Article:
As a result, the commentaries are exactly that: the author’s musings and thoughts on each tale.  Sometimes this is a description of the different versions of each tale, and why he chose that particular version to retell here: for instance, following “The Mouse, the Bird and the Sausage”, he speculates on how “sausage” may be the funniest word in the English language, and that the tone of the story might be very different were one to substitute “lamb chop” … or even “bratwurst”, despite both being able to fill the exact same narrative function within the story!

The introduction to the collection contextualizes the stories with a brief history of Jacob and Wilhelm Grimm and their fairy tale compilations.  The brothers were not alone in collecting and publishing folk and fairy tales: it was a widespread phenomenon in Germany in the early 19th century.  Pullman also outlines the basic elements of a fairy tale: the traits that separate it from other types of literature, and why it appeals so broadly across so many different cultures.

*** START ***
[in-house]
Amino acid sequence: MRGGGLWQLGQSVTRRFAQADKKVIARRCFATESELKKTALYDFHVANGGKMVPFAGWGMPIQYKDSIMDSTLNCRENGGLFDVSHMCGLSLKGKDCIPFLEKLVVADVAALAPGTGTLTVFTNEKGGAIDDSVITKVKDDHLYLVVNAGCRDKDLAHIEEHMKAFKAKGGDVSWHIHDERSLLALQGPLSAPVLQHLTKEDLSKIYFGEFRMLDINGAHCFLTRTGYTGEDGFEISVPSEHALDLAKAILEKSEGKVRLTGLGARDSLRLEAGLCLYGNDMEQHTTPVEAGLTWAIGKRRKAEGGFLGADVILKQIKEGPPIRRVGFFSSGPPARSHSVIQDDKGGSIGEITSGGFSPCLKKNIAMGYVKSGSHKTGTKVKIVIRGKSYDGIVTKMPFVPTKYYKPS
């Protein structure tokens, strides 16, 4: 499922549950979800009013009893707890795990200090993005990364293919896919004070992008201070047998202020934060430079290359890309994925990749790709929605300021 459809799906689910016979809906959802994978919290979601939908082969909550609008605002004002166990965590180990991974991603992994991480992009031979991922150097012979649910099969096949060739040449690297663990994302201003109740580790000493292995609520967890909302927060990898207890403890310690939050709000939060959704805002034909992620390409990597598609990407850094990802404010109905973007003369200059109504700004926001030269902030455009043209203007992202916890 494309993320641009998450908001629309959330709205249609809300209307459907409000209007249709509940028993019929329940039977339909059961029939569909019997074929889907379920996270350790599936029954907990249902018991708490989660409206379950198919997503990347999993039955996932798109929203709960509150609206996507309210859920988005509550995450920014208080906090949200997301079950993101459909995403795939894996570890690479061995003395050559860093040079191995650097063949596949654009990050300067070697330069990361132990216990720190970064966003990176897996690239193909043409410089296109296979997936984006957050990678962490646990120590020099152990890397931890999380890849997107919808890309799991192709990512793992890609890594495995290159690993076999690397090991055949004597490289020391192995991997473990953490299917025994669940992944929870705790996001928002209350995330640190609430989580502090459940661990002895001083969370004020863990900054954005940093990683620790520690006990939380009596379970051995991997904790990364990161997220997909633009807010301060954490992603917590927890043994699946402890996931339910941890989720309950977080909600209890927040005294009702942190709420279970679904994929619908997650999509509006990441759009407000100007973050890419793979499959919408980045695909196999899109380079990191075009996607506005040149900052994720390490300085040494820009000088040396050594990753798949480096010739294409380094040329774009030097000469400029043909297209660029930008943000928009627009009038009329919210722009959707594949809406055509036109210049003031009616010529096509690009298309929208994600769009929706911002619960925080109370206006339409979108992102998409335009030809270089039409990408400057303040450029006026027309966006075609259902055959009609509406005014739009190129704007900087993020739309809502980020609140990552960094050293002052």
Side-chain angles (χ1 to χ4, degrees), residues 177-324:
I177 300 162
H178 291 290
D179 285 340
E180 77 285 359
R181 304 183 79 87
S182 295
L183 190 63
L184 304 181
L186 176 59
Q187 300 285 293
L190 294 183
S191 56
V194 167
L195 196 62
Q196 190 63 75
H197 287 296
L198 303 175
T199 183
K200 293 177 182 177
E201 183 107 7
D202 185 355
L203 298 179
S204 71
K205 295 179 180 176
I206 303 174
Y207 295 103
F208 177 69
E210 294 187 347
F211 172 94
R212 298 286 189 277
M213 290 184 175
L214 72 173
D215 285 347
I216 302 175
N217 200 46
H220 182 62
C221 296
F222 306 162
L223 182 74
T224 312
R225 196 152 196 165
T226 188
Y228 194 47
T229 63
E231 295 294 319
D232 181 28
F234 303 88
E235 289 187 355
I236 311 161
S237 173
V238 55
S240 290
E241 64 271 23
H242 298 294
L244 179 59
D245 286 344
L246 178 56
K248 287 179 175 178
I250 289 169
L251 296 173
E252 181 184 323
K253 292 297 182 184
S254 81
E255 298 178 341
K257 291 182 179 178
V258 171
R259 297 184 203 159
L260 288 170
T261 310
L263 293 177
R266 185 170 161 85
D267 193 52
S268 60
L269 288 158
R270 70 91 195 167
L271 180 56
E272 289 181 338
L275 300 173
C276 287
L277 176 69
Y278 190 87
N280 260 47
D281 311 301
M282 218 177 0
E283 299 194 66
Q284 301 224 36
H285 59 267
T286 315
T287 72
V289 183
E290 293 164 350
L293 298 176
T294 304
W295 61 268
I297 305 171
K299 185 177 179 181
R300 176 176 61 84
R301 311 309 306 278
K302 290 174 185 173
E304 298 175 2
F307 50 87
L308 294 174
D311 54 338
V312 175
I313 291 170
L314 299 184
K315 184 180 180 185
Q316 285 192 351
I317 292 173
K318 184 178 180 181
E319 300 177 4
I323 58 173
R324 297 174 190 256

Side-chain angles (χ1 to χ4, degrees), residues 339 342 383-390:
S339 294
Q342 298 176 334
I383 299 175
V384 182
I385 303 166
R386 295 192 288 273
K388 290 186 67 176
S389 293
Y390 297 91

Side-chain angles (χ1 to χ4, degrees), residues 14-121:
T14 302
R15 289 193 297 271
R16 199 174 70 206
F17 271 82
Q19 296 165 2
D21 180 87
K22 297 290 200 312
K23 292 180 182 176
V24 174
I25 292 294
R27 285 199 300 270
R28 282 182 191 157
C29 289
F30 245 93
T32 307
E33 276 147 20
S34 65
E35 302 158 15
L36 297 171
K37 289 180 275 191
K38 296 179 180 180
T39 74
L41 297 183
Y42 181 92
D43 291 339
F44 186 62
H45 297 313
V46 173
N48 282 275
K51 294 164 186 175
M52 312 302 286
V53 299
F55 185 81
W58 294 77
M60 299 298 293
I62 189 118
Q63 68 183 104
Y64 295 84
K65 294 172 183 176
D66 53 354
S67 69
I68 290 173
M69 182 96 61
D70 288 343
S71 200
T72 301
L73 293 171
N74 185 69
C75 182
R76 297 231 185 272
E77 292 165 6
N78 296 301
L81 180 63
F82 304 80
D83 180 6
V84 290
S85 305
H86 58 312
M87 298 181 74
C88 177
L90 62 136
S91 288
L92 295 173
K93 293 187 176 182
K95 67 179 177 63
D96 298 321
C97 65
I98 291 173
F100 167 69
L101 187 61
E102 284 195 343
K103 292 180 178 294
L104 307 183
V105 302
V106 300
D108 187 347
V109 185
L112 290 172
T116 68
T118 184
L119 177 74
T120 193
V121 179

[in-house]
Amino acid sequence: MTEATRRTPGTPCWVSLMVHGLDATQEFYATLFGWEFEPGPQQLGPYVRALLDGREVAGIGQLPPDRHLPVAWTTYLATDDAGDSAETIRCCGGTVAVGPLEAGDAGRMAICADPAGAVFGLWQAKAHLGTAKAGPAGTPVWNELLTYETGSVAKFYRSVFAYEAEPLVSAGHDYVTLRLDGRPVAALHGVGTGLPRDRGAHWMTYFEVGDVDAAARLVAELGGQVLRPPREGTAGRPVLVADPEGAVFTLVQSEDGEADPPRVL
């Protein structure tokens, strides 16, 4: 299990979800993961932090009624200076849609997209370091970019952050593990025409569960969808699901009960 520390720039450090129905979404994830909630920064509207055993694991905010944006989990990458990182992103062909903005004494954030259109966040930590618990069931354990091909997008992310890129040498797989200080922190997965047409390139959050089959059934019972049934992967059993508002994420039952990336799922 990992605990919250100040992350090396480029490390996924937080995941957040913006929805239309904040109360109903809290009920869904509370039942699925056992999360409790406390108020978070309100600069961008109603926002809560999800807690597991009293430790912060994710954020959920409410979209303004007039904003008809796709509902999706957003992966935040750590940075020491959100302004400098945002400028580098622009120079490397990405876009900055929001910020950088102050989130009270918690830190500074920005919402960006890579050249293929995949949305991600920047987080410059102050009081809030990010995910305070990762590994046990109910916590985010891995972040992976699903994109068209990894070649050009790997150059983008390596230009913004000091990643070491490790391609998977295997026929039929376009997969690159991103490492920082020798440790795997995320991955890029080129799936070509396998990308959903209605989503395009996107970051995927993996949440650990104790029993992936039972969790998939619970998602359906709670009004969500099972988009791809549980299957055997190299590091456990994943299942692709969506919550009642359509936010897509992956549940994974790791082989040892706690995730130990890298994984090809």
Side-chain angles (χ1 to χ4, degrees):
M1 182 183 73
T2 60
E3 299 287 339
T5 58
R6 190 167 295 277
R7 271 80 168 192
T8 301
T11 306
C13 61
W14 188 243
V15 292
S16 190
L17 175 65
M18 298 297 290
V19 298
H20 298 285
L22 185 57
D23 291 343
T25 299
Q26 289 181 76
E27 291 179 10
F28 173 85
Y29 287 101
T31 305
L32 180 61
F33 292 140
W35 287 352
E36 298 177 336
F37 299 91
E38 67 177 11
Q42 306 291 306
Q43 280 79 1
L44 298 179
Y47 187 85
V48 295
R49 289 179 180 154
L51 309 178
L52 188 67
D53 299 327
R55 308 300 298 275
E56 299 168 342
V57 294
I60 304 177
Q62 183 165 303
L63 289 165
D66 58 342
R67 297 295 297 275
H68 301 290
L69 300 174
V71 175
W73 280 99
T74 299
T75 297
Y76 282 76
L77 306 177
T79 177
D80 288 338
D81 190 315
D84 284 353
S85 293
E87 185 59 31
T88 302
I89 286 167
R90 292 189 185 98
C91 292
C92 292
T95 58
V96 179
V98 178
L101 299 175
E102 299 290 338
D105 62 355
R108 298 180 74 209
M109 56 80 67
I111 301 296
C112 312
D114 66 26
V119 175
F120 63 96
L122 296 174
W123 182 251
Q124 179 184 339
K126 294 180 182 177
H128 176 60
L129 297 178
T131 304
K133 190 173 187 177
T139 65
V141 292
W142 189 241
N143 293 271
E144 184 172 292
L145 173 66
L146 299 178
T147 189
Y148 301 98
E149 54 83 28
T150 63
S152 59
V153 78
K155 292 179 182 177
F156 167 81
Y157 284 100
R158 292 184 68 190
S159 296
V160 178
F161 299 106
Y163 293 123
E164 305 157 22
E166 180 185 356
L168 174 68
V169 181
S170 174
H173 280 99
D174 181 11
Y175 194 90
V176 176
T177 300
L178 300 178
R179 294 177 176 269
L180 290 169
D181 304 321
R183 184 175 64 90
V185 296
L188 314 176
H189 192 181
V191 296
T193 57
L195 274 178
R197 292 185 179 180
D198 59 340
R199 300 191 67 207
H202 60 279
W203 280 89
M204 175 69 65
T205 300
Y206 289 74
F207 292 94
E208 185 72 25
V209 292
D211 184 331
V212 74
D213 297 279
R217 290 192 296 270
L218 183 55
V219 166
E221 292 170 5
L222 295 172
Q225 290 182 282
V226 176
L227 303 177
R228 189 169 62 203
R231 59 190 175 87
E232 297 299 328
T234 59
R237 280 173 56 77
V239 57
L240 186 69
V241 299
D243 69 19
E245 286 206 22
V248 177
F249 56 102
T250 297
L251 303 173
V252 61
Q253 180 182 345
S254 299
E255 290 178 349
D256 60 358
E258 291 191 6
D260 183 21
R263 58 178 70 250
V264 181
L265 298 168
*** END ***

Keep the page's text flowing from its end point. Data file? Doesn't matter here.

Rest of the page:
Although we stock this volume on our “Young Adult” table, no one should dismiss it as a mere “kid’s book”, or a meaningless nostalgia kick.  Children would enjoy the stories, undoubtedly, especially  comparing them with more famous or Disneyfied versions of the same tales: I’ve always thought it made a lot more sense for pitch on the stairs to pull off one of Cinderella’s slippers, than to believe that she accidentally walked out of the magic shoes made specifically to fit her feet and no one else’s.  It takes an adult to really appreciate the beauty of Pullman’s translation, and the wit and wonder of his addendums.  There’s a reason why these stories have lasted so long, and achieved such universal fame.

And in addition to all that – they’re just plain fun.



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“The Rebel Wife” – Taylor Polites